The Dayton Flyers have become a team no one wants to be paired with on Selection Sunday. Archie Miller’s team has won five games in the last two tournament appearances and is primed for another postseason appearance with Kendall Pollard, Scoochie Smith and Kyle Davis returning. James Madison transfer Charles Cooke and redshirt big man Steve McElvene could both make an immediate impact. At the moment, Dyshawn Pierre is not with the team. It’s a blow to the roster, but remember, Miller was able to guide the Flyers to a 20-7 finish after dismissing two players last winter.
The major offeseason storyline in the Atlantic 10 occurred in April when Shaka Smart left for Texas. Chattanooga head coach and former VCU assistant Will Wade takes over a program dealing with the graduation of two of the program’s all-time greats, Treveon Graham and Briante Weber, and departures of some of Smart’s top recruits (Terry Larrier and 2015 commits Tevin Mack and Kenny Williams). However, Melvin Johnson, Mo Alie-Cox and JeQuan Lewis is a solid core to have in Wade’s first season.
George Washington and Richmond headline a list of teams that could fight to round out the top fiver. The Colonials have one of the best starting fives in the league, but depth could be a concern. The Spiders return Terry Allen and T.J. Cline, but lose Kendall Anthony. ShawnDre’ Jones will step into that role after earning A-10 Sixth Man of the Year honors.
FIVE THINGS YOU NEED TO KNOW:
1. Shaka Smart gone, Havoc remains: Texas was able to uproot Shaka Smart from VCU this spring. VCU was quick to hire Smart’s former assistant, Will Wade, who had built Chattanooga into a Southern Conference contender in just two seasons. In Wade’s introductory press conference, he made it clear, “Havoc still lives here.” Wade served on Smart’s staff for four years, which included the 2011 Final Four run.
2. Dyshawn Pierre suspended: The 6-foot-6 senior forward was suspended for the entire fall semester back in September. He was the team’s top returning scorer and rebounder at 12.7 points and 8.1 boards per game. The Flyers could be without the versatile forward for marquee non-conference games against Vanderbilt and at the AdvoCare Invitation in Orlando, which includes potential matchups against Notre Dame and Wichita State/Xavier. He is currently fighting this suspension.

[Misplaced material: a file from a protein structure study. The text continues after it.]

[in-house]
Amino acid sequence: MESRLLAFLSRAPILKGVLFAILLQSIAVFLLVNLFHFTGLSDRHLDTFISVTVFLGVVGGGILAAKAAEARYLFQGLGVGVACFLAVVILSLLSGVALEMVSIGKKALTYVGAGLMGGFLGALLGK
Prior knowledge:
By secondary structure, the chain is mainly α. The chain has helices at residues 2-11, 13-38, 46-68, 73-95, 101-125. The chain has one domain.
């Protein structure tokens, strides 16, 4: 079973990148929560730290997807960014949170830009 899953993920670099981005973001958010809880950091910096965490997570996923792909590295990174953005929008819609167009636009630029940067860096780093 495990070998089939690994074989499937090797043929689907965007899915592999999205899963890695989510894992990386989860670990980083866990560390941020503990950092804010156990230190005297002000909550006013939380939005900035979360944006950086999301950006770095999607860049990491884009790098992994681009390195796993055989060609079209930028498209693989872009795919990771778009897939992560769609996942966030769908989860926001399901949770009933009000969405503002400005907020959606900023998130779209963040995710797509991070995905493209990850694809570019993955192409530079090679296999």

3. Rhody rising: The fourth year of Dan Hurley’s tenure in Kingstown is expected to end with the Rams first NCAA tournament appearance since 1999. Rhode Island finished third in the A-10 standings last year, but settled for an NIT bid. Rhode Island has the most talent in the league, bringing back E.C. Matthews, Hassan Martin, Jared Terrell and Jarvis Garett, while adding transfers Kuran Iverson and Four McGlynn, both of whom immediately eligible. Is that enough to dethrone Davidson and stave off Dayton and VCU?
4. Coming off a ‘down year?’: Following back-to-back seasons in which the league earned five and six NCAA tournament bids, the A-10 sent just three (Davidson, Dayton and VCU) to the Big Dance in March. Entering this season, you’d expect all Davidson, Dayton, Rhode Island and VCU to be in the conversation.
5. A big slate on NBCSN: Twenty-four Atlantic 10 Conference games, in addition to two rounds of the Atlantic 10 Tournament, will be aired on the NBC Sports Network.
Favorite: “I think someone has to prove that they’re better than Davidson. I know they lost a good player, but their style of play is never predicated on a star system or on a single player. I’d have to go with Davidson until someone proves otherwise.”
Sleeper: “I’d say George Washington or Richmond. Those are two teams I’d really keep my eye on.”
“DeAndre Bembry. When people use the phrase, ‘he does everything,’ it’s usually exaggerated. It’s not exaggerated in his case. He’s outstanding at just about every area of basketball. He can rebound, he can defend, he can pass, he obviously can score, he can make threes, he can finish. … I really think he’s a great NBA prospect.”